Well, I'm here to tell you, no you can't.

You don't know what's going to happen tomorrow. Aliens might invade overnight, the zombie apocalypse could start tomorrow, the key to survival being hidden in the pages of that book you didn't read, or you might have to take your flatmate to the hospital. Sunday is not guaranteed to be free, even if you've gone out of your way to make it so. 

4. Write on a Book You Haven't Read

First of all, of all the books to write on, why the one you haven't read? No, the lectures will not be enough. No, not even with Sparknotes, if you can even find the book on there. A minority of people can miss books, lectures, and seminars, and still pass highly. These people, surprise, surprise, have no friends. 

(Do I detect a hint of bitterness?)

More than a hint. This drives me absolutely batty. I am a minor goddess of bad decisions, but how anyone can think that writing on a book they haven't read is a good idea is beyond me.

Sometimes, books do get skipped. Maybe you were ill, maybe your seminar leader decided to cut it out (yes, it happens), maybe everything got on top of you and you simply decided to give it a miss. It doesn't matter why you skipped it, all that matters is that you pick a book that you did read to write on for your essay. If a book is compulsory for an essay then for the love of God, read it, and read it in plenty of time. Even if you are in that irritating lucky minority, reading the book can only push your mark up even higher.

5. Be the Last One to Go to the Library

If there's an exam to pass or an essay to do, the relevant library books are going to go and go fast. You know this. I know this. We both know that we will still end up going the week before when the only thing left is half a volume on iambic pentameter. 

Thank God for online journals.

Raise your hand if you've ever made one of these mistakes. 

(If you've committed the sin that is number four, you might not want to mention it.)

Do you have anything to add to the list?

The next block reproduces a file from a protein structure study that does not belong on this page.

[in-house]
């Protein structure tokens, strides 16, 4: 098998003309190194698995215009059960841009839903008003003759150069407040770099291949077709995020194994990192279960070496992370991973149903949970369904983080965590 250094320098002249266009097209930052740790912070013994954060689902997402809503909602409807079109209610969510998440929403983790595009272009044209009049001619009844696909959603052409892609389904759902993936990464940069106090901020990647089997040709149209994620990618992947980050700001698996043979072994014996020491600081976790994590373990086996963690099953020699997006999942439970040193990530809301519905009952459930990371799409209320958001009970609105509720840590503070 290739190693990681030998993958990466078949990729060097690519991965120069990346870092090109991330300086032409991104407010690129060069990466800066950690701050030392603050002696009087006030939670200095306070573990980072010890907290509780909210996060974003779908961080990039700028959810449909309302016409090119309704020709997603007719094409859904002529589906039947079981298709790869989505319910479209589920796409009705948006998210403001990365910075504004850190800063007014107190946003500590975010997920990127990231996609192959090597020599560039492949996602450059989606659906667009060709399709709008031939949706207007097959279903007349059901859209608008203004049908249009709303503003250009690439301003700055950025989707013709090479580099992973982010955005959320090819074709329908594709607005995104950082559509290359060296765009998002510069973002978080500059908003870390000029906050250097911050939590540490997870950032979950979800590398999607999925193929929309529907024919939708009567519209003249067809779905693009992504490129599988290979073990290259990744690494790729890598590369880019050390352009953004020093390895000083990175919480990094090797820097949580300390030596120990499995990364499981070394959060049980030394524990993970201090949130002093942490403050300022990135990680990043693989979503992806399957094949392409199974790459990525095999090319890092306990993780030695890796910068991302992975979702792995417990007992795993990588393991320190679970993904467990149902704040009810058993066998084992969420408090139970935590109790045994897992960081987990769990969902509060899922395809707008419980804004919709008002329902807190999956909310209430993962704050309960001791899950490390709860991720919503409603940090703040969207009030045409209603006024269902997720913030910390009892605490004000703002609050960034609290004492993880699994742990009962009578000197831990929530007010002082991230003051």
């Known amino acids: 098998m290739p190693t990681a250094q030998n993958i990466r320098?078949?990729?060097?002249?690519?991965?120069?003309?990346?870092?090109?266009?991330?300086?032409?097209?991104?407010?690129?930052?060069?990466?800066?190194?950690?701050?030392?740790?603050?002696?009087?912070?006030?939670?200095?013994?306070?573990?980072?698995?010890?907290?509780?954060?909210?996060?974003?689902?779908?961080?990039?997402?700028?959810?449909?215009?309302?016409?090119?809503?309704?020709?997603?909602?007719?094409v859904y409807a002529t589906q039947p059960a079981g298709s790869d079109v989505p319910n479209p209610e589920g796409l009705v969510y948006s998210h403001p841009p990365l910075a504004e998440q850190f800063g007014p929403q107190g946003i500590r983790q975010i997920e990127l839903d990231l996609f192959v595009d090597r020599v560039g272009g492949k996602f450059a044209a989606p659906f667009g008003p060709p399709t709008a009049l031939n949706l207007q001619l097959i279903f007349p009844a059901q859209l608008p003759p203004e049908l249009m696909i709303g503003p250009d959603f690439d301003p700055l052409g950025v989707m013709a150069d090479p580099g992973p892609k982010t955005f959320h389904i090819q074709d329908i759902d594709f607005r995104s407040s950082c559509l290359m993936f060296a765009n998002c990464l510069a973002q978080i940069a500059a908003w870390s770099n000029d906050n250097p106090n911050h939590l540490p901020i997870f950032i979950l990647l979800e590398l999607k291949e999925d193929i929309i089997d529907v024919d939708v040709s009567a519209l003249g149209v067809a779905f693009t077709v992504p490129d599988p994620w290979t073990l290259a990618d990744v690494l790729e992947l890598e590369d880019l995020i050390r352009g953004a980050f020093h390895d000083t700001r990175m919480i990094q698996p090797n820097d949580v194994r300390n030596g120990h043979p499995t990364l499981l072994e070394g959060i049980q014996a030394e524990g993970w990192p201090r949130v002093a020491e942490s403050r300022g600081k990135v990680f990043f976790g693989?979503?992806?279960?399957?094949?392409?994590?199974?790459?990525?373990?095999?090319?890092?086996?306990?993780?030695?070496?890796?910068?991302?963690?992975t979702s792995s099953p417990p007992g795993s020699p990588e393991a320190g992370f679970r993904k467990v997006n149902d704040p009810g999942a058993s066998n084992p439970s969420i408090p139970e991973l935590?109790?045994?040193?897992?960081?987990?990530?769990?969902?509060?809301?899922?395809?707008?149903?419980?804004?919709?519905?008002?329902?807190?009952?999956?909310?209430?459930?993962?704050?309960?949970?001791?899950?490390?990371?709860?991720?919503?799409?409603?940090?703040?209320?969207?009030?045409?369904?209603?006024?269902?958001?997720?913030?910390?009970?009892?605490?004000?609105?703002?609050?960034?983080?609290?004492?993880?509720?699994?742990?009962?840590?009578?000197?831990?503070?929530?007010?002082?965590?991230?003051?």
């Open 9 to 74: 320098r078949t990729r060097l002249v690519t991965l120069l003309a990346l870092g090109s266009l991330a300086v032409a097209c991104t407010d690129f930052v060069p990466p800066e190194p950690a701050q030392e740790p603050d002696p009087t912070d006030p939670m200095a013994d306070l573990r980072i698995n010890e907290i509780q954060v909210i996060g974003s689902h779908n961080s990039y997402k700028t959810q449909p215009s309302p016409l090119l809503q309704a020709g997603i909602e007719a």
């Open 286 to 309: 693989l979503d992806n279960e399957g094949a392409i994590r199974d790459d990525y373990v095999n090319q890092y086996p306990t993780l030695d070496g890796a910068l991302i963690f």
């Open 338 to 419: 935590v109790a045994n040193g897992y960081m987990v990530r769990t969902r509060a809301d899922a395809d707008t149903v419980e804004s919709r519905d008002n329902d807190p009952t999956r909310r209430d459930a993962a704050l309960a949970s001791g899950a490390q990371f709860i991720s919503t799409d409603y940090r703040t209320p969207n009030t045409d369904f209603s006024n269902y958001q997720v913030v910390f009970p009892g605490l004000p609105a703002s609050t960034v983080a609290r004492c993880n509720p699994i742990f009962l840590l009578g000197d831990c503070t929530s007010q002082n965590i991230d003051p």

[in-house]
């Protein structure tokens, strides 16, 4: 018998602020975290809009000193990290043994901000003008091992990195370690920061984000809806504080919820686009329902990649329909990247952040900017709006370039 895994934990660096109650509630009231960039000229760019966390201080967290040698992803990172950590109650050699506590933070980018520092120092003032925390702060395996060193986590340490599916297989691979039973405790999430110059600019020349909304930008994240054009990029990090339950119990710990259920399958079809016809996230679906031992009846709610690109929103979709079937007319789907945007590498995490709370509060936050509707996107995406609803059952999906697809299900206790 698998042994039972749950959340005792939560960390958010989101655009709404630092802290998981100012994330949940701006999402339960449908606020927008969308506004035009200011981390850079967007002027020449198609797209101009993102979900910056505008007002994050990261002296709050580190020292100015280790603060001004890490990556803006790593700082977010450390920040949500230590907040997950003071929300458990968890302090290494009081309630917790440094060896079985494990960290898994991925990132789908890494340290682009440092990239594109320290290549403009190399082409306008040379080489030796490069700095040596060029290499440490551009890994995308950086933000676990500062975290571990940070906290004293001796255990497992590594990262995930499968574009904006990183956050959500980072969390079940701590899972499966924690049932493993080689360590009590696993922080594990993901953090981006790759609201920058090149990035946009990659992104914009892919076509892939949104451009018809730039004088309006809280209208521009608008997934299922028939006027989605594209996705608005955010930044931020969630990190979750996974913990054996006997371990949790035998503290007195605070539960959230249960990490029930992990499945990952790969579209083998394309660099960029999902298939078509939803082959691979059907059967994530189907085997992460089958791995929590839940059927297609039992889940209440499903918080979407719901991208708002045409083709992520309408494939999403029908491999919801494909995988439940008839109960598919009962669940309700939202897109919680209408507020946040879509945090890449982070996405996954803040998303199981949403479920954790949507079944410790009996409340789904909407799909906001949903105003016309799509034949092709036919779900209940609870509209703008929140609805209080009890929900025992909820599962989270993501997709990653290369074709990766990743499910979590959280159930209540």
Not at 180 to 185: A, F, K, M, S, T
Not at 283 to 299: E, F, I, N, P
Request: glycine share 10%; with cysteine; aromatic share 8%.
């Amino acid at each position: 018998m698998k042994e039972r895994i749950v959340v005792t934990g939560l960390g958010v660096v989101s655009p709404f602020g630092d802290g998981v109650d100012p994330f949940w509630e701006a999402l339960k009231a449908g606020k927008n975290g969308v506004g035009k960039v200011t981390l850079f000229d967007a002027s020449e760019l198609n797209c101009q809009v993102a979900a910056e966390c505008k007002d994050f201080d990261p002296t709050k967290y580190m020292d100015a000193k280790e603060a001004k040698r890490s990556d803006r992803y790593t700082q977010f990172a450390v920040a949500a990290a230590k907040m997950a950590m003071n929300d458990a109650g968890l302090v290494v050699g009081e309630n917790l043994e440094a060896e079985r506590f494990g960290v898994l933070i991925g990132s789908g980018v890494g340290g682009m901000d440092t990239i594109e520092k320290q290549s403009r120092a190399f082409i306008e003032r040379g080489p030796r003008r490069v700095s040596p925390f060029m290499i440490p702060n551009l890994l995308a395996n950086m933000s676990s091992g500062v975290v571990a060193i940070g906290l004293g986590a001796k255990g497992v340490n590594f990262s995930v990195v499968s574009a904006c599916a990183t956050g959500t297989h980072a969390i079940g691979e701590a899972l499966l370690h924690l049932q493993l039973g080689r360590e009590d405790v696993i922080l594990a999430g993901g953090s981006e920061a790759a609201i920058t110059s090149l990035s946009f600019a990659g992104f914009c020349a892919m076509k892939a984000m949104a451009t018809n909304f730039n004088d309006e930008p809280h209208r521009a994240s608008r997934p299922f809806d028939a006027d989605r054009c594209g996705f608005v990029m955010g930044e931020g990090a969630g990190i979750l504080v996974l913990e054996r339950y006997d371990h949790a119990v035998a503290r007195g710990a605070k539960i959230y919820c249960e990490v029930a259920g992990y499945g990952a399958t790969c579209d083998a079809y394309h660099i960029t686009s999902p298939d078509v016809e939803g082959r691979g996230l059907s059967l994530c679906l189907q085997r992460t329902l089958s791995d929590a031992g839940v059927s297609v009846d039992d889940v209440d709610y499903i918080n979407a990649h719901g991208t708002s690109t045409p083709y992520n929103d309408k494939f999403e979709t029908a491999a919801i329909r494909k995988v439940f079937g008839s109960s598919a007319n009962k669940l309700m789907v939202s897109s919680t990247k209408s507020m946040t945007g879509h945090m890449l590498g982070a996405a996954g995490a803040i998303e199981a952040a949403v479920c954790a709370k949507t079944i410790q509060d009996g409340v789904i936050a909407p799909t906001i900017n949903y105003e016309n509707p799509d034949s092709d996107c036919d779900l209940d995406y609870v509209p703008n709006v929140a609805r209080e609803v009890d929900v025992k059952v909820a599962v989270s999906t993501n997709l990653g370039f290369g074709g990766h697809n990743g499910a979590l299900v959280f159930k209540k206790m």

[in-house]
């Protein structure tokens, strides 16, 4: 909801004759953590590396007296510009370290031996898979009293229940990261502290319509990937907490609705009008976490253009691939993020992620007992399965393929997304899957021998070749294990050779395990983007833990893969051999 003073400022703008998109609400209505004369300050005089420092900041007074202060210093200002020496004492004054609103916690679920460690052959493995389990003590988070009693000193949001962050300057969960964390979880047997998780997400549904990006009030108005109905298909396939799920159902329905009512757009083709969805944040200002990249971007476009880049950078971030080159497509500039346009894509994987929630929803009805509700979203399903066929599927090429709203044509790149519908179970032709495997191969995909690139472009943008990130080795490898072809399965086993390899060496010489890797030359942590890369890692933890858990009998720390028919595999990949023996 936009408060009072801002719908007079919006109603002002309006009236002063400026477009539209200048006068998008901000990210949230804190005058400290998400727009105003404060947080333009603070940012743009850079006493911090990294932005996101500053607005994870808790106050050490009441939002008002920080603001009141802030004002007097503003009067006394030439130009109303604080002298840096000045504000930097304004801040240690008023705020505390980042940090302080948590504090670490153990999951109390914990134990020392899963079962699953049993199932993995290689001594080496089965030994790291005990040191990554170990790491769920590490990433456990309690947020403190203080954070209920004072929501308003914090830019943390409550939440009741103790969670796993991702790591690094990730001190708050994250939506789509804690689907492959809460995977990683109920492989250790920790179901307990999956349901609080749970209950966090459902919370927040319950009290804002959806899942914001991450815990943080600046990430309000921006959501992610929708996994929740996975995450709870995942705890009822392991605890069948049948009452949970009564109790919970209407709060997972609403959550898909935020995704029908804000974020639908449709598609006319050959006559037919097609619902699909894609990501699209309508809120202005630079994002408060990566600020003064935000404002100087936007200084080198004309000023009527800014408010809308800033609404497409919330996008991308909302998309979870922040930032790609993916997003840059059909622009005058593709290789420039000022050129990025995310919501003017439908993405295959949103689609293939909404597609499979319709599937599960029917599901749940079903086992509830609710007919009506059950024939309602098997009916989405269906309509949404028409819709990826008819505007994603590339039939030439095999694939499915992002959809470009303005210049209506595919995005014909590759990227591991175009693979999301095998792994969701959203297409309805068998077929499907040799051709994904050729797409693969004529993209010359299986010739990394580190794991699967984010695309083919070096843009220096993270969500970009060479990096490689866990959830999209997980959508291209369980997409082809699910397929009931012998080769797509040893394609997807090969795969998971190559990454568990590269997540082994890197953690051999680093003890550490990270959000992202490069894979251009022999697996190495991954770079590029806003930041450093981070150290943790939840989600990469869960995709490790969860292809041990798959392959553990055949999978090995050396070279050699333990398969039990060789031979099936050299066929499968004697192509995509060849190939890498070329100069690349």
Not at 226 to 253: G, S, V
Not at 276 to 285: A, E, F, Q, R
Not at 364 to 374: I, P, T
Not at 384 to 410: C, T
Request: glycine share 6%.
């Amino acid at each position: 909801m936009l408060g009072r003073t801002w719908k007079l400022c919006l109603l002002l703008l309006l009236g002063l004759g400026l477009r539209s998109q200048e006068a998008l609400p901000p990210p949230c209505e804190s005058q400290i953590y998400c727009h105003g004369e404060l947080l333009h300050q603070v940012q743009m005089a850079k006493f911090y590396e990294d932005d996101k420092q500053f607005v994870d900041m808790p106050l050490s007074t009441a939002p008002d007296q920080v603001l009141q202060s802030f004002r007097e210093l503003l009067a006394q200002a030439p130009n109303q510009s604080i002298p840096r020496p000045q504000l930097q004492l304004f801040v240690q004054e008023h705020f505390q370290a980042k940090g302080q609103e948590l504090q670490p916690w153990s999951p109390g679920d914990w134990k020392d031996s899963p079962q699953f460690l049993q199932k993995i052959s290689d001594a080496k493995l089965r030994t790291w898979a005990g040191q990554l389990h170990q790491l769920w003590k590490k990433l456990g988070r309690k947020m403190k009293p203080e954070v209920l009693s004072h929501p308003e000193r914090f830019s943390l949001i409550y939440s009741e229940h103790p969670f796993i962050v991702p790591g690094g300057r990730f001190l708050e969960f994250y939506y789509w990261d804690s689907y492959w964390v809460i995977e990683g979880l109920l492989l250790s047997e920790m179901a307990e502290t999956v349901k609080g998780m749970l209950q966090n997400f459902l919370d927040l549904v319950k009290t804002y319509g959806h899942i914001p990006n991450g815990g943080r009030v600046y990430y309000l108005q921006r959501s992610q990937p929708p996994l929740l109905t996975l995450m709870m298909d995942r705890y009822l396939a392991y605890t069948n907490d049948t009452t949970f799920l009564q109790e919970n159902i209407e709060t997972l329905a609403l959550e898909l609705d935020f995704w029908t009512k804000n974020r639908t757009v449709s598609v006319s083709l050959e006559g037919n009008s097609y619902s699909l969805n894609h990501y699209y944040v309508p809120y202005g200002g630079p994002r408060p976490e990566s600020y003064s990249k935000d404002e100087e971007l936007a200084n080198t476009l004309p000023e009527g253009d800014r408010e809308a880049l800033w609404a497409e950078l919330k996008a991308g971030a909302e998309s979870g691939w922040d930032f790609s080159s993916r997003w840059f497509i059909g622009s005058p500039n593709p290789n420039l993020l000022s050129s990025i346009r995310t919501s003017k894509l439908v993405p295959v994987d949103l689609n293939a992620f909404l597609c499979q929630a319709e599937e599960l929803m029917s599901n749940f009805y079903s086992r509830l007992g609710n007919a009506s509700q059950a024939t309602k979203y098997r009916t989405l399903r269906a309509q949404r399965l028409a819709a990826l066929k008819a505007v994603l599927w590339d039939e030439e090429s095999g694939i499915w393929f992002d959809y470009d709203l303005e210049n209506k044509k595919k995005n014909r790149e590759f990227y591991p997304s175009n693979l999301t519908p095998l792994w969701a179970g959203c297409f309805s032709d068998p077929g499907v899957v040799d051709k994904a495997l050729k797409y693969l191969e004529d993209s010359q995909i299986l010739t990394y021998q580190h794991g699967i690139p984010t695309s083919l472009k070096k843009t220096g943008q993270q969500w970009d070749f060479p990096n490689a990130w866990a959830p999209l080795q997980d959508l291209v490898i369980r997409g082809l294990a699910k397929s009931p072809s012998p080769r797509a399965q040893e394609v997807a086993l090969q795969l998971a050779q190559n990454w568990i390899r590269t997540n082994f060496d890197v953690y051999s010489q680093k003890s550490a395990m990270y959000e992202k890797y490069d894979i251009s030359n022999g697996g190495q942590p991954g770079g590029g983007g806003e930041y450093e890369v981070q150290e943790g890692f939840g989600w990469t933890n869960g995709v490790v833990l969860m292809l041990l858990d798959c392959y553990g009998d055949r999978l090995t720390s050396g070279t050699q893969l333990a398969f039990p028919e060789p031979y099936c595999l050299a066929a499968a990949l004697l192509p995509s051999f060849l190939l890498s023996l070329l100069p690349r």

Thursday, 8 December 2016

Three Stories in One - Transmission by Hari Kunzru

4/5 Stars

"Who clicked? Did you click? Were you curious enough to try?" - Hari Kunzru, Transmission

Arjun Mehta is a young Indian man trying to make his way in America who, in a moment of despair, makes a mistake that will change three lives.

Leela is a young woman trapped in the Bollywood film industry by her mother's desires. Arjun's actions will make her infamous.

On paper, Guy Swift is the high-flying owner of a tech company. In reality, he needs to cinch a deal within the next few weeks or his company will lose its funding. Arjun's actions will turn his life upside down.

Transmission is a story that will put the fear of the internet in you, if it isn't already there. In one evening of emotion, Arjun brings the world crashing down to the ground. I knocked a star off in part for the slow beginning, but, to be fair, it was probably necessary. If we hadn't gotten to know Arjun before the event - if we hadn't gotten to know how sweet and naive he is, how desperate he is to succeed - we wouldn't sympathise with him. Kunzru's characters are all deeply flawed: Guy is misogynistic - I don't think he ever looks at a woman without thinking of her as an object - and you would not want to be one of his employees, Chris plays with Arjun's emotions, and Gaby needs change. For me, it was the characters that carried this story. I loved Gaby despite her flaws, and I loved her relationship with Leela even more. Conversely, I was glad to see Guy fall. I found the chapter where Arjun was called into Darryl's office really difficult to read. I think that was the point where I realised that this was no longer just a coursebook for me - I had begun to enjoy the story.

I mentioned a slow, confusing start as part of the reason why it lost a star, the other reason is a case of questionable consent. There is a not overly explicit scene between Arjun and Chris that I found highly uncomfortable because I'm not convinced that Arjun consented to what happened. The aftermath addressed the scene from a cultural perspective - Arjun being from India, and Chris being an American woman - but it never addressed what, for me, was the real problem. However, friends who have also read the book disagree with me on this. It is quite ambiguous. I also questioned Guy, the head of a computer company, clicking on a link in an email from somebody he didn't know. Perhaps this is because of when it was published (2005), but we're all taught not to do this nowadays for the exact reason given in the novel. A supposed tech expert doing it seems a little forced.